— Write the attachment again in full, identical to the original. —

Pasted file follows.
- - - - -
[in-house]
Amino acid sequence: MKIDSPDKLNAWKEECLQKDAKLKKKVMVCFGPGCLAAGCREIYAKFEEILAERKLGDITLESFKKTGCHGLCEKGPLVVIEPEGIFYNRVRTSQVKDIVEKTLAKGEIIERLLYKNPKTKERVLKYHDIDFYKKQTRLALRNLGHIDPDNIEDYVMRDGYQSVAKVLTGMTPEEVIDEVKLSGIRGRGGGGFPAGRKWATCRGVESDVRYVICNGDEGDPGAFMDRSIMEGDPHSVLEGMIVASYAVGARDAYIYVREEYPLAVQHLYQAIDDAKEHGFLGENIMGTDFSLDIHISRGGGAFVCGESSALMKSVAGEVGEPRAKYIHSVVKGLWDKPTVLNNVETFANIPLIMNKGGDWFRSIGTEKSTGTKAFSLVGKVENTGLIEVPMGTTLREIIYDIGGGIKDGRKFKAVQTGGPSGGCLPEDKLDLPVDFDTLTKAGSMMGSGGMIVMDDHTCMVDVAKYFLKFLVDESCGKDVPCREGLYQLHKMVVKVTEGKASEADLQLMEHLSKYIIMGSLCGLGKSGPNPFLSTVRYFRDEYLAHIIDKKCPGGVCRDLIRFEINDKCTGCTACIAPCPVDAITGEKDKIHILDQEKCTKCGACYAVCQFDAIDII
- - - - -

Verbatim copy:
[in-house]
Amino acid sequence: MKIDSPDKLNAWKEECLQKDAKLKKKVMVCFGPGCLAAGCREIYAKFEEILAERKLGDITLESFKKTGCHGLCEKGPLVVIEPEGIFYNRVRTSQVKDIVEKTLAKGEIIERLLYKNPKTKERVLKYHDIDFYKKQTRLALRNLGHIDPDNIEDYVMRDGYQSVAKVLTGMTPEEVIDEVKLSGIRGRGGGGFPAGRKWATCRGVESDVRYVICNGDEGDPGAFMDRSIMEGDPHSVLEGMIVASYAVGARDAYIYVREEYPLAVQHLYQAIDDAKEHGFLGENIMGTDFSLDIHISRGGGAFVCGESSALMKSVAGEVGEPRAKYIHSVVKGLWDKPTVLNNVETFANIPLIMNKGGDWFRSIGTEKSTGTKAFSLVGKVENTGLIEVPMGTTLREIIYDIGGGIKDGRKFKAVQTGGPSGGCLPEDKLDLPVDFDTLTKAGSMMGSGGMIVMDDHTCMVDVAKYFLKFLVDESCGKDVPCREGLYQLHKMVVKVTEGKASEADLQLMEHLSKYIIMGSLCGLGKSGPNPFLSTVRYFRDEYLAHIIDKKCPGGVCRDLIRFEINDKCTGCTACIAPCPVDAITGEKDKIHILDQEKCTKCGACYAVCQFDAIDII